Book a travel buddy: SBS Transit launches initiative to help people with disabilities navigate routes
While the programme is limited to wheelchair users at the moment, SBS Transit intends to extend the initiative to all people with disabilities in the future.
SINGAPORE: Two years ago, a spinal cord injury left Mr Tan HB with the need to use a wheelchair, and he commuted around Singapore by driving a modified vehicle for people with disabilities.
But with driving getting more expensive, the 57-year-old is now looking at making the switch to public transport.
However, having driven for most of his life, the public transport system is unfamiliar to him and navigating the network of trains and buses can be tricky.
To help passengers like Mr Tan, SBS Transit has launched a travel buddy programme to make the system more accessible for people with disabilities.
The initiative will pair such commuters to staff members, who will familiarise these passengers with their chosen travel route by accompanying them on the journey.
“It’s very helpful for people like me, who are very unfamiliar with the train system in Singapore,” said Mr Tan.
“Now there are a lot of (new MRT lines and) extensions going on, which I need to learn and know how to manoeuvre. So the travel buddy actually gives me a lot of guidance,” he said.
He spoke to CNA during a trip with his travel buddy Helen Yan, who met him for a guided commute from Lakeside MRT station, the station nearest to his home. They took the East-West Line to Outram Park station, before switching to the North East Line to end the journey at Chinatown station.
As part of the session, Mdm Yan also showed Mr Tan the facilities provided at stations and in trains to aid people with disabilities, such as ramps, lifts and wheelchair-accessible train carriages.
THE TRAVEL BUDDY
Also a wheelchair user, Mdm Yan is among 30 SBS Transit staff members serving as travel buddies. She is one of four people with disabilities involved in the programme.
“I share my experience as a person on a wheelchair as well, and share my experience as a disabled person,” said Mdm Yan.
Mdm Yan said her role as a travel buddy guides people with disabilities to safely navigate the public transport system.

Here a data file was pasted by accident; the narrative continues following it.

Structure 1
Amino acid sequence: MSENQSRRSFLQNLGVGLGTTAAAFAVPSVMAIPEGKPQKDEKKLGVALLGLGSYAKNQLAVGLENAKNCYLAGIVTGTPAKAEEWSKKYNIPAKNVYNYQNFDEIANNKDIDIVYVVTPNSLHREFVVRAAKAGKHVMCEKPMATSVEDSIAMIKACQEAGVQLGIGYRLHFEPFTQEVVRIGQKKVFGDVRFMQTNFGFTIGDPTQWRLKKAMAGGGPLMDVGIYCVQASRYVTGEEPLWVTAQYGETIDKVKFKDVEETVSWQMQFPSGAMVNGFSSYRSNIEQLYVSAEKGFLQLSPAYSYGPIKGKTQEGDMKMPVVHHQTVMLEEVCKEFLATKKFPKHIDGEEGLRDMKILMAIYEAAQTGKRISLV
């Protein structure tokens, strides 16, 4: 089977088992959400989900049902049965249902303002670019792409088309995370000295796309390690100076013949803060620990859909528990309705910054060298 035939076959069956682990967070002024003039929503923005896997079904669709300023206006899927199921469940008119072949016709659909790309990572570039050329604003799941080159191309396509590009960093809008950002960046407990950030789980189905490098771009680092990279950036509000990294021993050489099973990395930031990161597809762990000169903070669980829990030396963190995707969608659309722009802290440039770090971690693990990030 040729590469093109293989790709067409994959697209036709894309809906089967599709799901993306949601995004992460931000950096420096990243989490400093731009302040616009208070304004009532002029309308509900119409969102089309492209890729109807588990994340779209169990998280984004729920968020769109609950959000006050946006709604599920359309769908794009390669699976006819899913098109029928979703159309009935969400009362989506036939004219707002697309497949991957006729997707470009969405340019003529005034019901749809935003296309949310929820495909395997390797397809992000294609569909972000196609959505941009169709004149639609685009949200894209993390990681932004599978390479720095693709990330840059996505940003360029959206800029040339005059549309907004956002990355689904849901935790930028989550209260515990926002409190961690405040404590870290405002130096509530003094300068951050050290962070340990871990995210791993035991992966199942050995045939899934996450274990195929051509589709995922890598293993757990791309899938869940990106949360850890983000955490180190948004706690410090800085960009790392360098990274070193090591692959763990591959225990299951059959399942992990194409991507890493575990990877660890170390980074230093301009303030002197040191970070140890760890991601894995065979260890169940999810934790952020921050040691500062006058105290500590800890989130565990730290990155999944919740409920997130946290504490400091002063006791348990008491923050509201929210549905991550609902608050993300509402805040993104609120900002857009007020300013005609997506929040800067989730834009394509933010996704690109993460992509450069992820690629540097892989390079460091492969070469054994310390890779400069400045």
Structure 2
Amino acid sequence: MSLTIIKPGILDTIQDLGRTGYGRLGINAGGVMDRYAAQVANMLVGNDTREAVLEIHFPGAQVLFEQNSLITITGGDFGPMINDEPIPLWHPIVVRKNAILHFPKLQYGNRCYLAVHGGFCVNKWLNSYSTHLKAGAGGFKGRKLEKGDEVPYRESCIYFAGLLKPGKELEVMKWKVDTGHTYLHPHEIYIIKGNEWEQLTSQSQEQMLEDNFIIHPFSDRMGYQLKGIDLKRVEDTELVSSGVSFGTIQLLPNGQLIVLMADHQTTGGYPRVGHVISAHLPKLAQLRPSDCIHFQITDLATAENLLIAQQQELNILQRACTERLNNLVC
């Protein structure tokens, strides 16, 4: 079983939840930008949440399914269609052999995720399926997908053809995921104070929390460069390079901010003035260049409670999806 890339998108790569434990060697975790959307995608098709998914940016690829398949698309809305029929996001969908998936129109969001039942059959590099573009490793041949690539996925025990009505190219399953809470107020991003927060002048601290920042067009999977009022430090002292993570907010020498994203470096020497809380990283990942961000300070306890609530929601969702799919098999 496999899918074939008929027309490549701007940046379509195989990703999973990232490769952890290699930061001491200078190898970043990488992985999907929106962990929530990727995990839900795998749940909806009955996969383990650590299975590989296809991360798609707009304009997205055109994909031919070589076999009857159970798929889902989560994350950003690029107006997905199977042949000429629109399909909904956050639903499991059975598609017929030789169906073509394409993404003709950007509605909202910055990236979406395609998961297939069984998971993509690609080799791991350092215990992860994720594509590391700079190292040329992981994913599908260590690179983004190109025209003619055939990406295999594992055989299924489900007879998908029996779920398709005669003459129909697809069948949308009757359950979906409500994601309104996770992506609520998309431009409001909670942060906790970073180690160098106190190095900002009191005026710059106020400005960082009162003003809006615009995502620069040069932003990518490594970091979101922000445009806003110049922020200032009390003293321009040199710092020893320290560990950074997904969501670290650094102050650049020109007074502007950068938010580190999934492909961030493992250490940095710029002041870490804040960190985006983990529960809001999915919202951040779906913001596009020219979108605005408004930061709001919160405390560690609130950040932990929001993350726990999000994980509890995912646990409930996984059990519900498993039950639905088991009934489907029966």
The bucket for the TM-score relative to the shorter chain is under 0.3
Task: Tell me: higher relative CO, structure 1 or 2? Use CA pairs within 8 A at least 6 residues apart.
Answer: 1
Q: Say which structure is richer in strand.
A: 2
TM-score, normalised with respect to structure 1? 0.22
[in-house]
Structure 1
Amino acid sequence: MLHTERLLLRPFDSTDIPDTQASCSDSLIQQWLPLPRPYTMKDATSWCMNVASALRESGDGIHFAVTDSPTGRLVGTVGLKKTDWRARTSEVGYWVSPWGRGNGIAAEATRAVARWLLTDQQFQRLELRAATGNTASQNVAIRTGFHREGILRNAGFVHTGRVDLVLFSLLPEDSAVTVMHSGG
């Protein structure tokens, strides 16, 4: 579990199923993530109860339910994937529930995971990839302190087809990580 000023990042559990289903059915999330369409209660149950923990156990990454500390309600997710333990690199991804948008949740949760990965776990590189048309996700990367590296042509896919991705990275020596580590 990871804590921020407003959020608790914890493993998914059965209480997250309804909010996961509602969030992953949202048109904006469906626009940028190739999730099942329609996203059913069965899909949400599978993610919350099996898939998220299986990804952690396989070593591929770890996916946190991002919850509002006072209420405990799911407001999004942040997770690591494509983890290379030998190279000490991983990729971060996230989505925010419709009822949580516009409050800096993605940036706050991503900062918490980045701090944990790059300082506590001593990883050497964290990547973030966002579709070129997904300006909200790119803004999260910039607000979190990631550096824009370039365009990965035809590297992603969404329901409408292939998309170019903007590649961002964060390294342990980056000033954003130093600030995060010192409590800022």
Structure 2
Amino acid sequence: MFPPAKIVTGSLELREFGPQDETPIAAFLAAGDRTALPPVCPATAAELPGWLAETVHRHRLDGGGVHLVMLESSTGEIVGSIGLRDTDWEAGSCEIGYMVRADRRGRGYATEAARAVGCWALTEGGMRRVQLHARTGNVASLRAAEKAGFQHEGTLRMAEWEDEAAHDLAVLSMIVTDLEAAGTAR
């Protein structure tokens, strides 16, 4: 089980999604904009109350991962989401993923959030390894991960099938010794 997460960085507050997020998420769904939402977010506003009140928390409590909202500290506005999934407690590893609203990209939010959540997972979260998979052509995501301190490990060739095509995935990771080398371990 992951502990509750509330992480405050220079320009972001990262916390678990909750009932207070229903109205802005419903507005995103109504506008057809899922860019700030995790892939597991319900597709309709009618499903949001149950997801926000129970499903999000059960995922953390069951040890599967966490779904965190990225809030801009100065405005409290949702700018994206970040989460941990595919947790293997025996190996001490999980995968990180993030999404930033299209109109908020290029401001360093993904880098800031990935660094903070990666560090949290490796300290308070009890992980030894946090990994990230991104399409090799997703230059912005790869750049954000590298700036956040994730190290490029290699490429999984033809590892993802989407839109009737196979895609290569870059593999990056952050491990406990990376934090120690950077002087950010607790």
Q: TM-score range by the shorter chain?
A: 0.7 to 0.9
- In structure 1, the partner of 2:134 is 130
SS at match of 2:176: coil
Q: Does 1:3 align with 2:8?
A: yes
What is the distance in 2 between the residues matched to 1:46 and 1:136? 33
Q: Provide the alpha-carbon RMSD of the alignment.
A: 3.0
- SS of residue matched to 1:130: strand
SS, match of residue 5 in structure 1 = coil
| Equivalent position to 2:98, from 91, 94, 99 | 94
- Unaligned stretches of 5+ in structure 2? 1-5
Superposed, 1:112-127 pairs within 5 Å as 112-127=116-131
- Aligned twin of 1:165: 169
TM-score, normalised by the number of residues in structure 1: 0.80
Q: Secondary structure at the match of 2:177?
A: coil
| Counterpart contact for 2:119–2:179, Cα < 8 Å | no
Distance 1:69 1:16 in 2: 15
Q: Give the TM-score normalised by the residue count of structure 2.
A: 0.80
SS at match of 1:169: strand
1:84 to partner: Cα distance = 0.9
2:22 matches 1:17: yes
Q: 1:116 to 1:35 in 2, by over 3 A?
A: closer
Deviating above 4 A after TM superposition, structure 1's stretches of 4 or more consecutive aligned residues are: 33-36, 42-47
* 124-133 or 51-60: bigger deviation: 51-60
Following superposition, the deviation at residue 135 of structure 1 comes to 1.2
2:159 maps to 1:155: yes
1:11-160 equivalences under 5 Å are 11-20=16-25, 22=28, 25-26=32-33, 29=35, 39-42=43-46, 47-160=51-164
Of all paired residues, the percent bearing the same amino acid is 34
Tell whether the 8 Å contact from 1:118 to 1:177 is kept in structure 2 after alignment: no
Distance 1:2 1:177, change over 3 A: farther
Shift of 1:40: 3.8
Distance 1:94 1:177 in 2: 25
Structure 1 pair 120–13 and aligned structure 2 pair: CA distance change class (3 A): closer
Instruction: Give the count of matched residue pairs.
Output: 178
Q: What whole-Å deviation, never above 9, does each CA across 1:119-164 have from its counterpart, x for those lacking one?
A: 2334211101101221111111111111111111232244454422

She also advises wheelchair users on how to manoeuvre their wheelchairs into the train, depending on how wide the gap between the train and the platform is, so that their wheels do not get trapped.
The travel buddy role is on top of her duties as a station guide helping commuters with the public train system at train stations.
TRAVEL BUDDY SESSIONS
The travel buddy sessions can be booked online for free. Passengers can book up to three sessions per route to get themselves familiarised with that journey. A section of that journey must include travelling on an SBS Transit bus or train.
Once a commuter has booked to travel on a particular date, a travel buddy will meet them at a specific originating bus stop or train station.
From there, they will start the journey until they reach the passenger's destination.
SBS Transit is also piloting a stair climber technology at Outram Park Station. It will assist people with disabilities when elevators are not working.
Unlike wheelchair lifts that move along the side of stairs, this mechanism does not need to be installed, saving space and money.
SBS Transit says more stair climbers will be made available at other MRT stations if there is enough demand.
MAKING PUBLIC TRANSPORT ACCESSIBLE FOR ALL
SBS Transit said discussions with social services agencies, and feedback from passengers with disabilities, prompted the public transport operator to launch the travel buddy initiative.
“This is part of our push to ensure that public transport is accessible for all,” said Mr Jeffrey Sim, chief executive officer of SBS Transit's rail business.
“We do our best to implement programmes like the travel buddy to encourage persons with disabilities to take public transport as their mode of travel,” he added.
Mr Sim said all travel buddies have been through training with SPD, a local charity that helps people with disabilities, so that they can better understand the needs and difficulties of such commuters and the best ways to help them.
While the programme is limited to wheelchair users at the moment, Mr Sim said SBS Transit intends to extend the initiative to all people with disabilities, and will scale up sessions according to demand.
“This has been a key tenet of the company, that we take care of all commuters, not just the able-bodied, but importantly, also those with special needs – the young, the old, and persons with disabilities,” said Mr Sim.